Lights out in Japan, 457,000 Pentagon procurement staff and £10 US meal kits all feature in this week's round up of procurement and supply chain stories...
The number of animals involved in a programme called Wag Brigade at San Francisco airport to soothe stressed visitors. The animals – including cats, dogs, rabbits and, most recently, a pig called LiLou – are carefully selected for their temperament. Trained and certified as Assisted Therapy animals, the Wag Brigade wear ‘Pet Me!’ vests and have been helping passengers chill since 2013.
The estimated price of a 24k gold bullion diamond encrusted iPhone 7 commemorating Donald Trump’s victory in the US presidential election. It has been commissioned from Dubai luxury retailer Goldgenie by an ultra-high net worth individual who wishes to remain anonymous. The customized iPhone, which took 180 man-hours to craft, bears an engraving of Trump. Goldgenie founder Laban Roomes says he expects to receive other similarly tasteful orders for luxury iPhones as Trump’s inauguration, on 20 January 2017, nears.
The number of full-time employees the Pentagon assigns to supply chains and logistics, according to a 2015 report by the Defense Business Board which has never been officially, released. A further 207,000 full-time staff work in purchasing. These figures have caused some consternation as the Pentagon only has 1.3m troops on active duty, the lowest level since 1940. The study claims that the organisation could save $125bn in five years without laying off any staff. One consultant said the Pentagon had no idea what it is paying for its business operations.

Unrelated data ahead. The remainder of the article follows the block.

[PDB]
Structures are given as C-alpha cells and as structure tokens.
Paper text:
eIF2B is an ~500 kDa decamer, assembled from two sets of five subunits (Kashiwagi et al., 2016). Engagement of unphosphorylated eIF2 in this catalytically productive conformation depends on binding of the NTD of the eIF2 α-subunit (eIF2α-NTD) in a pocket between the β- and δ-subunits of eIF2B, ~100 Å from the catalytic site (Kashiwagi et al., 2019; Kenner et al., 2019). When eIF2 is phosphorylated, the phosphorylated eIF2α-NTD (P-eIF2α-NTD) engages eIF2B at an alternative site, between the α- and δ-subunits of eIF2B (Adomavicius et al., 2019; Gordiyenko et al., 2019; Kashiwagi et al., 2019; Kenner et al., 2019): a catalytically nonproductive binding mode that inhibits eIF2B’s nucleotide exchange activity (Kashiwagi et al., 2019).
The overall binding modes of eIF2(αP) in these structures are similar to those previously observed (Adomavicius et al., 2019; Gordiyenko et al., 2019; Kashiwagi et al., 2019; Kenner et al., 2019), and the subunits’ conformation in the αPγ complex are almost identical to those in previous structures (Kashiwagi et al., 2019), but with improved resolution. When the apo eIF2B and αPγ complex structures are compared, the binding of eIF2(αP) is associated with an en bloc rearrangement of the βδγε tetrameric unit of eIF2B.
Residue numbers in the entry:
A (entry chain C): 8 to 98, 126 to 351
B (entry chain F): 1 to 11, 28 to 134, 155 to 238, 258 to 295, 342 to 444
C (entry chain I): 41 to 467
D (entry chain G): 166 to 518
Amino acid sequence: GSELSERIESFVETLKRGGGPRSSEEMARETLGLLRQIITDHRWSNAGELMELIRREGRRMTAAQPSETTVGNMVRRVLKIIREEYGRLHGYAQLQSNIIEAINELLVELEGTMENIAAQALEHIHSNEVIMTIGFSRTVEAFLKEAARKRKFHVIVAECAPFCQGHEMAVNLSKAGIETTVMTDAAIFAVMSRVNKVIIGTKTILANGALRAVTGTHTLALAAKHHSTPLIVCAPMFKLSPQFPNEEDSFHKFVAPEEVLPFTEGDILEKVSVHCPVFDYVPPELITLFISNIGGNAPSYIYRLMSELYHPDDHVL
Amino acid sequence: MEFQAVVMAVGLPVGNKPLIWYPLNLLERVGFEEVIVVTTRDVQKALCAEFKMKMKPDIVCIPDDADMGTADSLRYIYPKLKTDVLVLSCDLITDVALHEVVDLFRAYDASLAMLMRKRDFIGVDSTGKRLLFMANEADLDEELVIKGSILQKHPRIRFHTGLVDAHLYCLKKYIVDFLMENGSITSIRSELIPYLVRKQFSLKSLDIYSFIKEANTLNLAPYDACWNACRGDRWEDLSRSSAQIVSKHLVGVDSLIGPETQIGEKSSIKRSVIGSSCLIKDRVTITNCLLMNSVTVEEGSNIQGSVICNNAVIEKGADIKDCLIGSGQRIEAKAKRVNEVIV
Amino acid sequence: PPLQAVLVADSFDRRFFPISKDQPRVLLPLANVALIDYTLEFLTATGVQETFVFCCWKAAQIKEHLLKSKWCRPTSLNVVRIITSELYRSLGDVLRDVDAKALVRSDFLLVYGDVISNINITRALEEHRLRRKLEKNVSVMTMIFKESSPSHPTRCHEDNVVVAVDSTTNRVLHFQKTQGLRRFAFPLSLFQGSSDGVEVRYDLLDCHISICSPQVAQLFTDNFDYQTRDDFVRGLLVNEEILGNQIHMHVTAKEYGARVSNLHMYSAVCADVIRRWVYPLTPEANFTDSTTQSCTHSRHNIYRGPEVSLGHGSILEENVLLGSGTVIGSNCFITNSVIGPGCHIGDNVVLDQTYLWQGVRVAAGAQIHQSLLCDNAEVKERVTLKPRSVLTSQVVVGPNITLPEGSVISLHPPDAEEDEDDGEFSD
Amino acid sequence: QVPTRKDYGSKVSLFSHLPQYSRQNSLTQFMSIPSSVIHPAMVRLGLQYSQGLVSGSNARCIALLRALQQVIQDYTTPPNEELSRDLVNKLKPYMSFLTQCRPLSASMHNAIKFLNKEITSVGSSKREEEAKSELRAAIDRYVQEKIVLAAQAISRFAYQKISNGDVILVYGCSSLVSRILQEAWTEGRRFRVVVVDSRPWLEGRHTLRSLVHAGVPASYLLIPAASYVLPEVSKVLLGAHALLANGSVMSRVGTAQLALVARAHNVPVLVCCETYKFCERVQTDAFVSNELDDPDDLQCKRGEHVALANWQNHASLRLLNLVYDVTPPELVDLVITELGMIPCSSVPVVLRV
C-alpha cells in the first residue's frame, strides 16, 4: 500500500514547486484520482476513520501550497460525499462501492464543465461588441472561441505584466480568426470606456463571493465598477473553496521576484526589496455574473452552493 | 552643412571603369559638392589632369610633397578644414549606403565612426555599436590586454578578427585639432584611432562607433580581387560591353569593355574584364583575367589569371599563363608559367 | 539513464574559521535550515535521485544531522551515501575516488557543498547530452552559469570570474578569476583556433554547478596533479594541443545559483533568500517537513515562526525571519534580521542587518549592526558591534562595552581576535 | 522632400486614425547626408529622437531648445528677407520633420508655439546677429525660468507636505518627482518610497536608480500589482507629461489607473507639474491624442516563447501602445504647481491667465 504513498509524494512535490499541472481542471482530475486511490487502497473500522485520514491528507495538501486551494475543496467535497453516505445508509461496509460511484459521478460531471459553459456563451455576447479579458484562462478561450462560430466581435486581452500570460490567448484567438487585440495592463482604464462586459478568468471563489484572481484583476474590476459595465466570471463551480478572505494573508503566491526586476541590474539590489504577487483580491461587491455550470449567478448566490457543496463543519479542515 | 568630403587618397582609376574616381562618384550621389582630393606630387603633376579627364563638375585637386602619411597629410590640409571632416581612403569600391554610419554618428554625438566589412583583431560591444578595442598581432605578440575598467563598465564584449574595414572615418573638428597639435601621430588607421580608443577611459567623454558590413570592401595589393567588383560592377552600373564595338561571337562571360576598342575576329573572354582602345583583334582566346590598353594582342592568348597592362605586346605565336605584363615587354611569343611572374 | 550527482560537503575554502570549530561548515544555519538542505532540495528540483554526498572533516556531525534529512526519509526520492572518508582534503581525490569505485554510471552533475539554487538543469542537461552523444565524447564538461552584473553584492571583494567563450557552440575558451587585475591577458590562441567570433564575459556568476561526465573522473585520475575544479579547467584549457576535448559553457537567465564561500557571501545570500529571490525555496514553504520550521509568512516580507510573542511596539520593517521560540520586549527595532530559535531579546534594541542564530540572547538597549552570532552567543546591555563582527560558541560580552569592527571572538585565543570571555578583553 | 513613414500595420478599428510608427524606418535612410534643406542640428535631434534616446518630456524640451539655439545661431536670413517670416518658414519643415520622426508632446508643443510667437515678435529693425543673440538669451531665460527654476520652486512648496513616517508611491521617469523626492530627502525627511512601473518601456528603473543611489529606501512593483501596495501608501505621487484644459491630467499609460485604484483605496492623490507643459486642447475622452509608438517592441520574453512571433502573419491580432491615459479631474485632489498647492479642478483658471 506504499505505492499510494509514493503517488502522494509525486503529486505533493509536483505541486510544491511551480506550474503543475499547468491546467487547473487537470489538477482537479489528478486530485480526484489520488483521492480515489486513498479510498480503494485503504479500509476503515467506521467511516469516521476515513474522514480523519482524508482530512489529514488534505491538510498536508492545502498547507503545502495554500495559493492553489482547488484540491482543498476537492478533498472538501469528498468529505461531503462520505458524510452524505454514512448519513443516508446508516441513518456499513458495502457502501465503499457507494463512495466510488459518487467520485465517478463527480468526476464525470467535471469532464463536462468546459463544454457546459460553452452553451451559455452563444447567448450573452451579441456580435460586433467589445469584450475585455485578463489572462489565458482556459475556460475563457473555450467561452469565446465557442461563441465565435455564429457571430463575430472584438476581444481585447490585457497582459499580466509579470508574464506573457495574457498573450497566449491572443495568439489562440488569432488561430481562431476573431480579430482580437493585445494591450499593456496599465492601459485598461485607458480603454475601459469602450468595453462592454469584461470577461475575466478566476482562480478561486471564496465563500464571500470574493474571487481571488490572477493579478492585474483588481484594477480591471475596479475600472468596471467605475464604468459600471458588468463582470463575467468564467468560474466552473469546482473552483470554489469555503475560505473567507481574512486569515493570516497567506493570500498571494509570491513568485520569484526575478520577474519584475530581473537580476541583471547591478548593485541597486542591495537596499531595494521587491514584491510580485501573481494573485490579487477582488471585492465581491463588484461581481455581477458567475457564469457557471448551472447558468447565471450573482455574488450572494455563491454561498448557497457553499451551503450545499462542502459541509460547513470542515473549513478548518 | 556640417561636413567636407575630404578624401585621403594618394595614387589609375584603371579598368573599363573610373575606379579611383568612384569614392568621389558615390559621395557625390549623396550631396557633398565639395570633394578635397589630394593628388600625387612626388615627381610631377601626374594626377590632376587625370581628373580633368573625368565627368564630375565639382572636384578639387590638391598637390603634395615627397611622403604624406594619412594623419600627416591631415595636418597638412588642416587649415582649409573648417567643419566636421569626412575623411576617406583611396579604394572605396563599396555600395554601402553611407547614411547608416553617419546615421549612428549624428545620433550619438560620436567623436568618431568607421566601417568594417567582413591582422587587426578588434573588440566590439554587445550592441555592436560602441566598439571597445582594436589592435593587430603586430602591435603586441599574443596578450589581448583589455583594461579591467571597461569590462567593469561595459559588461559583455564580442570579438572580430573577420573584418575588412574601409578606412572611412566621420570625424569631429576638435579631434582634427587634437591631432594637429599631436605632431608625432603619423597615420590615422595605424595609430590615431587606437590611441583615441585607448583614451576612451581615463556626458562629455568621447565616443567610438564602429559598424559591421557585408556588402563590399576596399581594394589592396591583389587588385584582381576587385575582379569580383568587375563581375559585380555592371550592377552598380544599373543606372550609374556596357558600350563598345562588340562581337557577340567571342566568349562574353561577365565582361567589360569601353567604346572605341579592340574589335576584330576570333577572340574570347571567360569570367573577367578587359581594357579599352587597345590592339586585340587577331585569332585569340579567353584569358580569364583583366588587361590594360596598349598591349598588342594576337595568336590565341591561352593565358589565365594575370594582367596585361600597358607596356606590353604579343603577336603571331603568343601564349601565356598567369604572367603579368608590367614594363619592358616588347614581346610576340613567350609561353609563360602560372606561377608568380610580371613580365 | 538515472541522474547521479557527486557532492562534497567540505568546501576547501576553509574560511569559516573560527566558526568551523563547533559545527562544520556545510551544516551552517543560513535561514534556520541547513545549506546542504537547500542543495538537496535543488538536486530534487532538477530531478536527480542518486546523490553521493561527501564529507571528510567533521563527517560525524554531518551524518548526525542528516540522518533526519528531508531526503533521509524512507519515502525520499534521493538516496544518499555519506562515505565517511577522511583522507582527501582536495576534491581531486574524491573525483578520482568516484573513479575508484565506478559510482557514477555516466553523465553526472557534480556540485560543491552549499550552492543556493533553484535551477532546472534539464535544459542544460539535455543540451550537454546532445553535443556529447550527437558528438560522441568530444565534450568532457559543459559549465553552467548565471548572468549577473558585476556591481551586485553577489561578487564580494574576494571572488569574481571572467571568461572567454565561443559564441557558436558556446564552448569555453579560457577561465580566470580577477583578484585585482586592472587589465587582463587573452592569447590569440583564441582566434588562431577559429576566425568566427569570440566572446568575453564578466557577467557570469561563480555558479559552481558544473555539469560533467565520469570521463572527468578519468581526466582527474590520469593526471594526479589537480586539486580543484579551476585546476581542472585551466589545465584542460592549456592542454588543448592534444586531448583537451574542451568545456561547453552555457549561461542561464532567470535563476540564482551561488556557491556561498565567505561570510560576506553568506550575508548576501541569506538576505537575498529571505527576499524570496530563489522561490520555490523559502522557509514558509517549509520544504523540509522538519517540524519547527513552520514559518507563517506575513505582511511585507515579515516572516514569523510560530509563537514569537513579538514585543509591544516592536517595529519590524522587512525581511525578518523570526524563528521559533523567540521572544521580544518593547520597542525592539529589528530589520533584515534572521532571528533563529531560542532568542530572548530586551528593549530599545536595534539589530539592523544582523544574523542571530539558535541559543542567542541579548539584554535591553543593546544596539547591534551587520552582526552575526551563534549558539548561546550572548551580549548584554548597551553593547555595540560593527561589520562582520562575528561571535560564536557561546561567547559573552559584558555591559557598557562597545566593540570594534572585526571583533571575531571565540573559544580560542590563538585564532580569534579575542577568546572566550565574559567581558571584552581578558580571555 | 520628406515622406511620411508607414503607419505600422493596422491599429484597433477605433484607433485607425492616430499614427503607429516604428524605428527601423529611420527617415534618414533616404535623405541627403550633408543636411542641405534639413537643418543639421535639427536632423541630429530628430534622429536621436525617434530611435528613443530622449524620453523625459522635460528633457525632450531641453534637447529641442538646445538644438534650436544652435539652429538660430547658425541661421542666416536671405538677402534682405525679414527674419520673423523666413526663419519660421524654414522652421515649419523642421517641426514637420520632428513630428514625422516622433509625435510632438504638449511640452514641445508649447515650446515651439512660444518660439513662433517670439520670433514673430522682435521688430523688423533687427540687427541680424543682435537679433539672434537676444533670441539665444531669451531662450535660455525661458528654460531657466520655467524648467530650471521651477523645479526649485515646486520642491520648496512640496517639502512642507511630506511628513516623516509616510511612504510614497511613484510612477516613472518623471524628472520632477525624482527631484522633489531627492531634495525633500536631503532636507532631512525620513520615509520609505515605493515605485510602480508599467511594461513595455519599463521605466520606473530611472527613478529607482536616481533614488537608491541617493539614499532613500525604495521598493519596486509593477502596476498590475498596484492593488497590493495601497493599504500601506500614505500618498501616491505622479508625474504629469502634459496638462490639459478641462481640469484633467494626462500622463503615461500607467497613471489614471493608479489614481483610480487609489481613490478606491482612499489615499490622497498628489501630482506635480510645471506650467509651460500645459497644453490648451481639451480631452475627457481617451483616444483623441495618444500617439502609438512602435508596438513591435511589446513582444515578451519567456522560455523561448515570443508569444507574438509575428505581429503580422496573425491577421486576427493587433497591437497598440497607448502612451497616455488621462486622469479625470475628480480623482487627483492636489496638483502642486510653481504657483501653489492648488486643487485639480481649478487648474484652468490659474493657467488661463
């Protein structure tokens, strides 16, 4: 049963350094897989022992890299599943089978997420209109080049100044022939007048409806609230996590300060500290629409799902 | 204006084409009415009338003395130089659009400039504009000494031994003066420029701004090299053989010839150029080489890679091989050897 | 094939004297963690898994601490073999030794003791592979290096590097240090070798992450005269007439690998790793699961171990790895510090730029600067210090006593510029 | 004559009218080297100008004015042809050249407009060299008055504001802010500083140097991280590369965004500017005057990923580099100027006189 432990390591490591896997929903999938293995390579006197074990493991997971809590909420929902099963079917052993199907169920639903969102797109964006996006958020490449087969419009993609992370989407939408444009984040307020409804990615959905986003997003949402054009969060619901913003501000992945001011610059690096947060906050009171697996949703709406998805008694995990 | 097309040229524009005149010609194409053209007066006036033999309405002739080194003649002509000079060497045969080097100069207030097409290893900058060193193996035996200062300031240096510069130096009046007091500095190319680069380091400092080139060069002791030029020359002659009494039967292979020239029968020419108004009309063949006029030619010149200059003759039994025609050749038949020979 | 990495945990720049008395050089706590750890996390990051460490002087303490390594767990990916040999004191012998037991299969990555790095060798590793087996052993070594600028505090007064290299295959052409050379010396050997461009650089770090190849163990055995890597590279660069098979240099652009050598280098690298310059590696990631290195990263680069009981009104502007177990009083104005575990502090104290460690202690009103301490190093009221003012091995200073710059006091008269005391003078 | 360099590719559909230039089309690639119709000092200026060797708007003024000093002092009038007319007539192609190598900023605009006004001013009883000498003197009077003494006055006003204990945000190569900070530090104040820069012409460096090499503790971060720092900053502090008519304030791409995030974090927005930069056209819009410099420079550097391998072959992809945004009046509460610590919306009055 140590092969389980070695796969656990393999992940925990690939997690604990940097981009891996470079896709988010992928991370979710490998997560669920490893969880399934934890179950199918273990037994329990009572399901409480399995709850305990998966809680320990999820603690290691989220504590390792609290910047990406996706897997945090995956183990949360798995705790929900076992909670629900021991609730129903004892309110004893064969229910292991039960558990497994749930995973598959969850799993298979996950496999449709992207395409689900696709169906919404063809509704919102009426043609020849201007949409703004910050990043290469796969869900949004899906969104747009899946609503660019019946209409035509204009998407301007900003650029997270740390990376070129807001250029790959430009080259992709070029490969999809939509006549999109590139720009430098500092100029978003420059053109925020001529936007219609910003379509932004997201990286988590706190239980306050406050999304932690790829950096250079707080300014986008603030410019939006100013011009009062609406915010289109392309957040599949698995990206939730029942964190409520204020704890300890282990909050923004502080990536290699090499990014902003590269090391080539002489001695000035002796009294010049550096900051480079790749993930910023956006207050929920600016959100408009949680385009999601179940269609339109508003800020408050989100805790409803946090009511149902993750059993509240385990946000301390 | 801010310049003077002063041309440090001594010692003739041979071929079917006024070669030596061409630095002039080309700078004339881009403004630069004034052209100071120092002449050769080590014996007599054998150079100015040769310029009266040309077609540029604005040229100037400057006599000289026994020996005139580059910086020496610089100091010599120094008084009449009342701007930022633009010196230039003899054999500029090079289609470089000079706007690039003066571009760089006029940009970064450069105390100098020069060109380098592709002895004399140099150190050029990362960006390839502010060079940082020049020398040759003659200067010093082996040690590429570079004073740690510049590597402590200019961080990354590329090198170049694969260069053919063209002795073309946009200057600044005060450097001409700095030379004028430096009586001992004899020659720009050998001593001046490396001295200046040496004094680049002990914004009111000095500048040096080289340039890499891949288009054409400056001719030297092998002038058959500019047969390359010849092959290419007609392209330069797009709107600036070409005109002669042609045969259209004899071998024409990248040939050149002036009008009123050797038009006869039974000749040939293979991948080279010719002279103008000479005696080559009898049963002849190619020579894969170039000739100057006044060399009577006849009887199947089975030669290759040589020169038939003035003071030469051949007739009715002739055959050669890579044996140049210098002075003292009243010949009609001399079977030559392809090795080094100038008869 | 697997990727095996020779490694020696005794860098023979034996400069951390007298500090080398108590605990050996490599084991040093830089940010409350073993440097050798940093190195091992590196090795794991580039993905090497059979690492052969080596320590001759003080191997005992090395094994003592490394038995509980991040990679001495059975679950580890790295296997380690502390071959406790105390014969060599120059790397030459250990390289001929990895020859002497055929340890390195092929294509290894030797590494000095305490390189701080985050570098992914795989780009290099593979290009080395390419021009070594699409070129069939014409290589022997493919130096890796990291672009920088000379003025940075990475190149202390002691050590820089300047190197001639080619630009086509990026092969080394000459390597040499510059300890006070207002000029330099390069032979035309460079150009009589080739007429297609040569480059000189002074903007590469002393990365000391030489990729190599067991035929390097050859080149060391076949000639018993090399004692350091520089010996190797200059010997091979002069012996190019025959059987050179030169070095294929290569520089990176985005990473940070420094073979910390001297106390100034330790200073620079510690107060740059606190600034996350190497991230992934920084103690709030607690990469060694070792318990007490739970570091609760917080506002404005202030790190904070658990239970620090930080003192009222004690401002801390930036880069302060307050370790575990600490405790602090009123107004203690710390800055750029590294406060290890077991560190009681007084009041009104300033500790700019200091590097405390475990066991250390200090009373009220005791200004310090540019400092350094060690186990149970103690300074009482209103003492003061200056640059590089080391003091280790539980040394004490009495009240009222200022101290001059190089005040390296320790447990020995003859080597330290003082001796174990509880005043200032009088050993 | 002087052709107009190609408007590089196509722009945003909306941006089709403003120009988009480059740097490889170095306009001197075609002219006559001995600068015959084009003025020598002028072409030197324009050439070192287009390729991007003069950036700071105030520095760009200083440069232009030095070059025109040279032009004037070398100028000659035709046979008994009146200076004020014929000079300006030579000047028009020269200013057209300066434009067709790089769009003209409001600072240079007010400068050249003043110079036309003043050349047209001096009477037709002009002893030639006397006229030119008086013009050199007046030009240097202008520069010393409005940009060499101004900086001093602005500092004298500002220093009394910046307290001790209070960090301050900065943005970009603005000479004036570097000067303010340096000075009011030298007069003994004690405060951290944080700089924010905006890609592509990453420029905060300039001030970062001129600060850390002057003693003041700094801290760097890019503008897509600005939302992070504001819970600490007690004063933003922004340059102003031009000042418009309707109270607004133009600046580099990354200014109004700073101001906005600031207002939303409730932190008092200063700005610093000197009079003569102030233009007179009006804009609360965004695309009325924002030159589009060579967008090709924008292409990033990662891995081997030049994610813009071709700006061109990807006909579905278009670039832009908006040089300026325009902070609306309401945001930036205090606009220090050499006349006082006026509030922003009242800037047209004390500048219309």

The percentage by which Italy's GDP has shrunk since 2007. The country's economic stagnation, in which corruption has played a large part, is one of the reasons voters decisively rejected prime minister Mario Renzi's proposals for constitutional reform in the recent referendum. Italy is rated 106th in the world for competitiveness, just below Honduras. By contrast, since 2007, GDP has grown by 9% in the UK and 8% in Germany.
The time at which offices in Japan’s Ministry of the Environment go dark for an hour to save energy, reduce greenhouse gas emissions, and remind society every day that climate change is a huge challenge. Yet polls suggest the message isn’t getting through to young people as it once did: one recent poll found that 75% of 18-29 year olds expressed interest in the issue, compared to 90% a few years ago.
550,000 metric tons
The amount of aluminium that has been shipped from its hiding place in Mexico to a remote port in southern Vietnam. The stockpile metal, connected to Chinese tycoon Liu Zhongtian, has been moved this year. A Wall Street Journal investigation suggested the metal had originally been moved to Mexico to evade US anti-dumping tariffs.
The average price of a meal-kit in America. As many Americans only spend $4 per person on dinner, the cost has deterred many consumers from trying meal kits – only 3% have, according to market research group NFD. At least half a dozen meal-kit/meal-delivery companies have either closed or been restructured this year. Yet food giants, including Hershey and Campbell’s, have invested in this business, as has Tyson Foods through a deal with Amazon Fresh.